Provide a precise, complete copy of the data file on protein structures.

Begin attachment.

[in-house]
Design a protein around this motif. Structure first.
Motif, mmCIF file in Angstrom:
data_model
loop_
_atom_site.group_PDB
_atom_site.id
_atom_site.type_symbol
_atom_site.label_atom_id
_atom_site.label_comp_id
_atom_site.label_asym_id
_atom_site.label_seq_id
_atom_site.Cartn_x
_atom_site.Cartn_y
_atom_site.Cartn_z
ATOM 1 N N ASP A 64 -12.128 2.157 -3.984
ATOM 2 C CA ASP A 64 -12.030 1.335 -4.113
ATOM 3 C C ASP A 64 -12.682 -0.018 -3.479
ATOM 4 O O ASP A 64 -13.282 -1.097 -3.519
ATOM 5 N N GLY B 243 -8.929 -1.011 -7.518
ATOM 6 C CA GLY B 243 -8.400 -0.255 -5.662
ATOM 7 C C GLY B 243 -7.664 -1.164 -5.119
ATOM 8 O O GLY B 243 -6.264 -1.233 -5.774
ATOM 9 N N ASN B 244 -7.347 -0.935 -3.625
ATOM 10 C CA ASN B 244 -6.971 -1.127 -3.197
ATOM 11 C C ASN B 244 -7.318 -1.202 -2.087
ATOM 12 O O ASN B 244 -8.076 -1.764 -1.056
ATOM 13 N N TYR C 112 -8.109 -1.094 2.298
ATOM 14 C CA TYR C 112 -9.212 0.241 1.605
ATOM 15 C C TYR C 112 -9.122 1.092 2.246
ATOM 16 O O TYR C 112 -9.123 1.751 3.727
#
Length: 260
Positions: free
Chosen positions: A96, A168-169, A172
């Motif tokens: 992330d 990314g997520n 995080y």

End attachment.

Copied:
[in-house]
Design a protein around this motif. Structure first.
Motif, mmCIF file in Angstrom:
data_model
loop_
_atom_site.group_PDB
_atom_site.id
_atom_site.type_symbol
_atom_site.label_atom_id
_atom_site.label_comp_id
_atom_site.label_asym_id
_atom_site.label_seq_id
_atom_site.Cartn_x
_atom_site.Cartn_y
_atom_site.Cartn_z
ATOM 1 N N ASP A 64 -12.128 2.157 -3.984
ATOM 2 C CA ASP A 64 -12.030 1.335 -4.113
ATOM 3 C C ASP A 64 -12.682 -0.018 -3.479
ATOM 4 O O ASP A 64 -13.282 -1.097 -3.519
ATOM 5 N N GLY B 243 -8.929 -1.011 -7.518
ATOM 6 C CA GLY B 243 -8.400 -0.255 -5.662
ATOM 7 C C GLY B 243 -7.664 -1.164 -5.119
ATOM 8 O O GLY B 243 -6.264 -1.233 -5.774
ATOM 9 N N ASN B 244 -7.347 -0.935 -3.625
ATOM 10 C CA ASN B 244 -6.971 -1.127 -3.197
ATOM 11 C C ASN B 244 -7.318 -1.202 -2.087
ATOM 12 O O ASN B 244 -8.076 -1.764 -1.056
ATOM 13 N N TYR C 112 -8.109 -1.094 2.298
ATOM 14 C CA TYR C 112 -9.212 0.241 1.605
ATOM 15 C C TYR C 112 -9.122 1.092 2.246
ATOM 16 O O TYR C 112 -9.123 1.751 3.727
#
Length: 260
Positions: free
Chosen positions: A96, A168-169, A172
């Motif tokens: 992330d 990314g997520n 995080y």